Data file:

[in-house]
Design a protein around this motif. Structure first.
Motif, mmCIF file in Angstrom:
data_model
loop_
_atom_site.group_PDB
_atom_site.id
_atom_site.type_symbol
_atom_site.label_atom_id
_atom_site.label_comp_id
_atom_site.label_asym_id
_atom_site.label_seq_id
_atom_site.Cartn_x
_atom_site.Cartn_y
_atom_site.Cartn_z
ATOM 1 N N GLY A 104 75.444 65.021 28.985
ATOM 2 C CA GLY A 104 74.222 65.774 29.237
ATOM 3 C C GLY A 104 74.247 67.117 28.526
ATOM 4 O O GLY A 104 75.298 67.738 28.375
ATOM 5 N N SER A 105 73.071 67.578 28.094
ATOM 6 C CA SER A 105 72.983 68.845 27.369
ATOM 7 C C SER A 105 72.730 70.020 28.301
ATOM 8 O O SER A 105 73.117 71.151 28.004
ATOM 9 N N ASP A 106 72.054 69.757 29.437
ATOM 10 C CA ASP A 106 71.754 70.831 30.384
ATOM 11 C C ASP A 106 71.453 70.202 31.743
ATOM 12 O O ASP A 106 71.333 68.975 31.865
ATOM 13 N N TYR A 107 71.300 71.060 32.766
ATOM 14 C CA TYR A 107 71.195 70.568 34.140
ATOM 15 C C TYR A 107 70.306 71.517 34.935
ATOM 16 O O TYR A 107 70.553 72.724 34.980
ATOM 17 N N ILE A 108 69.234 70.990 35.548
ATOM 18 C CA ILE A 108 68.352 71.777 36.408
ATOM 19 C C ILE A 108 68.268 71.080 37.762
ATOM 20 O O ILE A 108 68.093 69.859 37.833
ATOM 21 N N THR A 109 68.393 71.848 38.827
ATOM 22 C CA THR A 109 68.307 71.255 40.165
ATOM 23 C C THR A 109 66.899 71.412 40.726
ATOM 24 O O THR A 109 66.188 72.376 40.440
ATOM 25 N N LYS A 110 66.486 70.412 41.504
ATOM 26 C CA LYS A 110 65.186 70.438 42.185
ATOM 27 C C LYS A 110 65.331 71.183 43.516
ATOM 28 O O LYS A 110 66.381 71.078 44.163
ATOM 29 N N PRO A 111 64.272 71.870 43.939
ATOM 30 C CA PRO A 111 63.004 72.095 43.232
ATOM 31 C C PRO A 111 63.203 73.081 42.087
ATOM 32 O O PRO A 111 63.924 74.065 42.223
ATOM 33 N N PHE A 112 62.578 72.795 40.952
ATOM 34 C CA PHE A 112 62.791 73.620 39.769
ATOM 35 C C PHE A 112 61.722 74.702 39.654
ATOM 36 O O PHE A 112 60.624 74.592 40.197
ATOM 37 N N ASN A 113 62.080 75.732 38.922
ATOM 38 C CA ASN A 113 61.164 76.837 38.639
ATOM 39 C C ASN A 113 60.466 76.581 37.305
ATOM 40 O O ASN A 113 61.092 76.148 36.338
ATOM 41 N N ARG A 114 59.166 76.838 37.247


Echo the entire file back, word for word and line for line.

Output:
[in-house]
Design a protein around this motif. Structure first.
Motif, mmCIF file in Angstrom:
data_model
loop_
_atom_site.group_PDB
_atom_site.id
_atom_site.type_symbol
_atom_site.label_atom_id
_atom_site.label_comp_id
_atom_site.label_asym_id
_atom_site.label_seq_id
_atom_site.Cartn_x
_atom_site.Cartn_y
_atom_site.Cartn_z
ATOM 1 N N GLY A 104 75.444 65.021 28.985
ATOM 2 C CA GLY A 104 74.222 65.774 29.237
ATOM 3 C C GLY A 104 74.247 67.117 28.526
ATOM 4 O O GLY A 104 75.298 67.738 28.375
ATOM 5 N N SER A 105 73.071 67.578 28.094
ATOM 6 C CA SER A 105 72.983 68.845 27.369
ATOM 7 C C SER A 105 72.730 70.020 28.301
ATOM 8 O O SER A 105 73.117 71.151 28.004
ATOM 9 N N ASP A 106 72.054 69.757 29.437
ATOM 10 C CA ASP A 106 71.754 70.831 30.384
ATOM 11 C C ASP A 106 71.453 70.202 31.743
ATOM 12 O O ASP A 106 71.333 68.975 31.865
ATOM 13 N N TYR A 107 71.300 71.060 32.766
ATOM 14 C CA TYR A 107 71.195 70.568 34.140
ATOM 15 C C TYR A 107 70.306 71.517 34.935
ATOM 16 O O TYR A 107 70.553 72.724 34.980
ATOM 17 N N ILE A 108 69.234 70.990 35.548
ATOM 18 C CA ILE A 108 68.352 71.777 36.408
ATOM 19 C C ILE A 108 68.268 71.080 37.762
ATOM 20 O O ILE A 108 68.093 69.859 37.833
ATOM 21 N N THR A 109 68.393 71.848 38.827
ATOM 22 C CA THR A 109 68.307 71.255 40.165
ATOM 23 C C THR A 109 66.899 71.412 40.726
ATOM 24 O O THR A 109 66.188 72.376 40.440
ATOM 25 N N LYS A 110 66.486 70.412 41.504
ATOM 26 C CA LYS A 110 65.186 70.438 42.185
ATOM 27 C C LYS A 110 65.331 71.183 43.516
ATOM 28 O O LYS A 110 66.381 71.078 44.163
ATOM 29 N N PRO A 111 64.272 71.870 43.939
ATOM 30 C CA PRO A 111 63.004 72.095 43.232
ATOM 31 C C PRO A 111 63.203 73.081 42.087
ATOM 32 O O PRO A 111 63.924 74.065 42.223
ATOM 33 N N PHE A 112 62.578 72.795 40.952
ATOM 34 C CA PHE A 112 62.791 73.620 39.769
ATOM 35 C C PHE A 112 61.722 74.702 39.654
ATOM 36 O O PHE A 112 60.624 74.592 40.197
ATOM 37 N N ASN A 113 62.080 75.732 38.922
ATOM 38 C CA ASN A 113 61.164 76.837 38.639
ATOM 39 C C ASN A 113 60.466 76.581 37.305
ATOM 40 O O ASN A 113 61.092 76.148 36.338
ATOM 41 N N ARG A 114 59.166 76.838 37.247